Saturday, April 29, 2006

4/29/2006: Gnarls Barkley charts with “Crazy”

image from RollingStone.com


Gnarls Barkley “Crazy”


Writer(s): Brian Burton/ Thomas Callaway/ Gianfranco Reverberi/ Gian Piero Reverberi (see lyrics here)

Released: 3/13/2006 First charted: 4/29/2006

Peak: 2 US, 19 UK, 7 AC, 53 RB, 7 MR (Click for codes to singles charts.)

Sales (in millions): 4.0 US, 1.2 UK, 5.96 world (includes US and UK)

Radio Airplay (in millions): -- Video Airplay (in millions): 128.95


Review: When Goodie Mob rapper and soulman Cee-Lo Green teamed with noted producer Danger Mouse (Gorillaz’ Demon Days and his own Jay-Z/Beatles mash-up The Grey Album), the average radio listener would stare blankly if quizzed on songs associated with either of the pair. With a name that played on Hall of Fame basketball star Charles Barkley, the duo were seemingly carefree about whether or not achieved success.

Thus the success of “Crazy” was based not on the band’s image or personality, but the strength of the unique and catchy song – “the audio equivalent of a hippie rainbow.” BX It featured “an impassioned vocal, an old-fashioned bassline,” MN and a “thoroughly authentic retro sound and indelibly genius melody…It’s chord progression and melody is a songwriter’s joy.” WX The duo “packed a career’s worth of genius…into three minutes” RS’09 “and just enough oddness to stand out on the radio dial.” MN

The song emerged from a discussion between the duo about how artists aren’t taken seriously unless they’re insane. Green used the conversation as a springboard for the song’s lyrics and paired it with a strings sample Danger Mouse took from a spaghetti Western score by Ennio Morricone.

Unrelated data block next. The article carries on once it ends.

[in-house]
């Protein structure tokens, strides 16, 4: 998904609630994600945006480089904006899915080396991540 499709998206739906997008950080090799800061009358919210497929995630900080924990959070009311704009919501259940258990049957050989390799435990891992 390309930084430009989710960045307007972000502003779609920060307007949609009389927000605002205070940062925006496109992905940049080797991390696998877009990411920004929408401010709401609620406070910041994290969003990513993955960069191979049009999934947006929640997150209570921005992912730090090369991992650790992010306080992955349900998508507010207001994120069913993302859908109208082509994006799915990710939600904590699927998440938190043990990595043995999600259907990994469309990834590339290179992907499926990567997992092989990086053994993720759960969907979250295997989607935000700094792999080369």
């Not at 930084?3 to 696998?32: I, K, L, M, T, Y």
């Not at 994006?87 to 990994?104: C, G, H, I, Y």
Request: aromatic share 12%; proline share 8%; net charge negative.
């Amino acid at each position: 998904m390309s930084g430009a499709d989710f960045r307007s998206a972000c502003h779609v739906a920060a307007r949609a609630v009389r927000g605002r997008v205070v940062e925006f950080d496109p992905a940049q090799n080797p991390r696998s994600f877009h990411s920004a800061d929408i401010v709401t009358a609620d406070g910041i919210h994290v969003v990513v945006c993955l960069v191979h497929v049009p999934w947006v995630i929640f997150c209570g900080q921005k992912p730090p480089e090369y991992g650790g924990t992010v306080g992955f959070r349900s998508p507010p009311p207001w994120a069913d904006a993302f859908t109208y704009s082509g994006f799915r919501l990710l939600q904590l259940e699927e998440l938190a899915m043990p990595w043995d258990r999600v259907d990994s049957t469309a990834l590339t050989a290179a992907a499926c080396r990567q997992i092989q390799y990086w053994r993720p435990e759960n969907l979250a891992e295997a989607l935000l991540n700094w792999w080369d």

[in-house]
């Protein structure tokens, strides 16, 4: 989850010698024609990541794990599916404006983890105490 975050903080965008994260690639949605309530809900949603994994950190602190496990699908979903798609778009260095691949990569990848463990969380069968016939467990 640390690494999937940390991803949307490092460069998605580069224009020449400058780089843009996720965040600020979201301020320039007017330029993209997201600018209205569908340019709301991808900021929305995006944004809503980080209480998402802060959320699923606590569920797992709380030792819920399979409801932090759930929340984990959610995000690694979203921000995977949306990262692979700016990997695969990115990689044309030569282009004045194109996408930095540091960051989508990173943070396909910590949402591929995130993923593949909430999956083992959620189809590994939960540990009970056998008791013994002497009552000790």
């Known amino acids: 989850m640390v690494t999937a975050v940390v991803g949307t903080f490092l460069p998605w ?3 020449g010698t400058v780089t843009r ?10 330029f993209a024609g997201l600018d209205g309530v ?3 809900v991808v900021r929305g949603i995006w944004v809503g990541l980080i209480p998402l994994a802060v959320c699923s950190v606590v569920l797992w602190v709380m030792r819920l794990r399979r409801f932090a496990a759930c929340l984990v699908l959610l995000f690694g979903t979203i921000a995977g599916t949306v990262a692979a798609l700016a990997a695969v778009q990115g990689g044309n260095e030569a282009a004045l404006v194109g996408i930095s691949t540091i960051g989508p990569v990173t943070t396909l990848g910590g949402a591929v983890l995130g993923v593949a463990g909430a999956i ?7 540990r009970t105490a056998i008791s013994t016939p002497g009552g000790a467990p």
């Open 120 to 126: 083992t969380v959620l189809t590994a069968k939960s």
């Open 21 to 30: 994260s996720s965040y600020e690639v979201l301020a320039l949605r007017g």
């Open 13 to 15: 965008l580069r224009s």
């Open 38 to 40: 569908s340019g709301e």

“Crazy” was the first song to top the British charts on the strength of downloads alone. It became the best-selling single of 2006 and, by the end of the next year, was the most downloaded song ever in the U.K. SFThe music video fit the insanity theme, done in the style of the famous psychiatric Roschach test in which patients are evaluated on their responses to inkblot patterns. SF


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Saturday, April 1, 2006

Shakira and Wyclef Jean charted with “Hips Don’t Lie”: April 1, 2006

Originally posted April 1, 2012.

“Hips Don’t Lie” was a truly international effort. Haitian rapper Wyclef Jean, known originally for his work with the Fugees, wrote and recorded a song with U.S. singer Claudette Ortiz called “Dance Like This” which was used for the Dirty Dancing (Havana Nights) 2004 soundtrack. SF Part of the instrumentation came from Puerto Rican salsa singer Jerry Rivera’s “Amores Como El Nuestro” while some of the lyrics were taken from a meringue song, “Carnaval (Baila en la Calle),” by Luis “Terror” Diaz, a Dominican composer. The latter was the unofficial theme song of the Dominican Republic’s Carnival.

The song was a late edition to Shakira’s Oral Fixation Vol. 2. That 2005 album was released as a sort of partnering album with her FijaciĆ³n Oral Vol. 1. The latter was released six months earlier. Despite being a Spanish-language album, it outsold its English counterpart. WK The record company, Epic, approached Jean to do a remake of the album’s single, “La Tortura,” but he suggested a reworking of “Dance Like This.” SF

The song celebrated a woman’s power to seduce through dance. The title was inspired Shakira’s in-studio mantra about how to tell if a song was working or not. As she’d tell her band members, “Listen, hips don’t lie. If they’re not moving, this isn’t working.” SF

After it was reworked for Columbian singer Shakira’s second English-language album, it became a massive global success, topping the charts in 25 countries and becoming the most successful worldwide single of 2006 WK and the top-selling single in the world for the 2000-2009 decade. SF In the United States it made history for racking up more plays on the radio in a single week – 9,637 times for the week ending June 2, 2006 – than any other song. SF It also reached the one-million download mark faster than any prior song in history. WK

Hips Don't Lie


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